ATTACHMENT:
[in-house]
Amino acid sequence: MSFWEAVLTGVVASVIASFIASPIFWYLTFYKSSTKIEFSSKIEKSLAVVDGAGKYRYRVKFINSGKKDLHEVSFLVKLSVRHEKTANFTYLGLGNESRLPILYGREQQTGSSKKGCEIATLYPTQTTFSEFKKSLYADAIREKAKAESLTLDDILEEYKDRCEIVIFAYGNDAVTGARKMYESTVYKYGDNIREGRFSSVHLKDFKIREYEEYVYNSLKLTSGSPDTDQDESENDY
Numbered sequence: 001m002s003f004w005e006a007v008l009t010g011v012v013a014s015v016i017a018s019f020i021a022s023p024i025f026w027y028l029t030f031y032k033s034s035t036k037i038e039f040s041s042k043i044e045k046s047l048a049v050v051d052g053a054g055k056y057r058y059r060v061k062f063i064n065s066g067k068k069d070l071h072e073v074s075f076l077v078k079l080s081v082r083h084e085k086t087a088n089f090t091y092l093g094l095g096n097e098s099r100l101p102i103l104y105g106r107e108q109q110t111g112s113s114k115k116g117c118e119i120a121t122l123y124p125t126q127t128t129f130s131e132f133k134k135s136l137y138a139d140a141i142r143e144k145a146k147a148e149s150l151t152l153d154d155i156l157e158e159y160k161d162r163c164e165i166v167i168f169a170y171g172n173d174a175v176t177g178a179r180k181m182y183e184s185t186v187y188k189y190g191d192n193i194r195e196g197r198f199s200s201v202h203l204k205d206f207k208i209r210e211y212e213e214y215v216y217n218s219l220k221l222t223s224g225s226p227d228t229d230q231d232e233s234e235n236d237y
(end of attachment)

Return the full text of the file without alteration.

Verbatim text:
[in-house]
Amino acid sequence: MSFWEAVLTGVVASVIASFIASPIFWYLTFYKSSTKIEFSSKIEKSLAVVDGAGKYRYRVKFINSGKKDLHEVSFLVKLSVRHEKTANFTYLGLGNESRLPILYGREQQTGSSKKGCEIATLYPTQTTFSEFKKSLYADAIREKAKAESLTLDDILEEYKDRCEIVIFAYGNDAVTGARKMYESTVYKYGDNIREGRFSSVHLKDFKIREYEEYVYNSLKLTSGSPDTDQDESENDY
Numbered sequence: 001m002s003f004w005e006a007v008l009t010g011v012v013a014s015v016i017a018s019f020i021a022s023p024i025f026w027y028l029t030f031y032k033s034s035t036k037i038e039f040s041s042k043i044e045k046s047l048a049v050v051d052g053a054g055k056y057r058y059r060v061k062f063i064n065s066g067k068k069d070l071h072e073v074s075f076l077v078k079l080s081v082r083h084e085k086t087a088n089f090t091y092l093g094l095g096n097e098s099r100l101p102i103l104y105g106r107e108q109q110t111g112s113s114k115k116g117c118e119i120a121t122l123y124p125t126q127t128t129f130s131e132f133k134k135s136l137y138a139d140a141i142r143e144k145a146k147a148e149s150l151t152l153d154d155i156l157e158e159y160k161d162r163c164e165i166v167i168f169a170y171g172n173d174a175v176t177g178a179r180k181m182y183e184s185t186v187y188k189y190g191d192n193i194r195e196g197r198f199s200s201v202h203l204k205d206f207k208i209r210e211y212e213e214y215v216y217n218s219l220k221l222t223s224g225s226p227d228t229d230q231d232e233s234e235n236d237y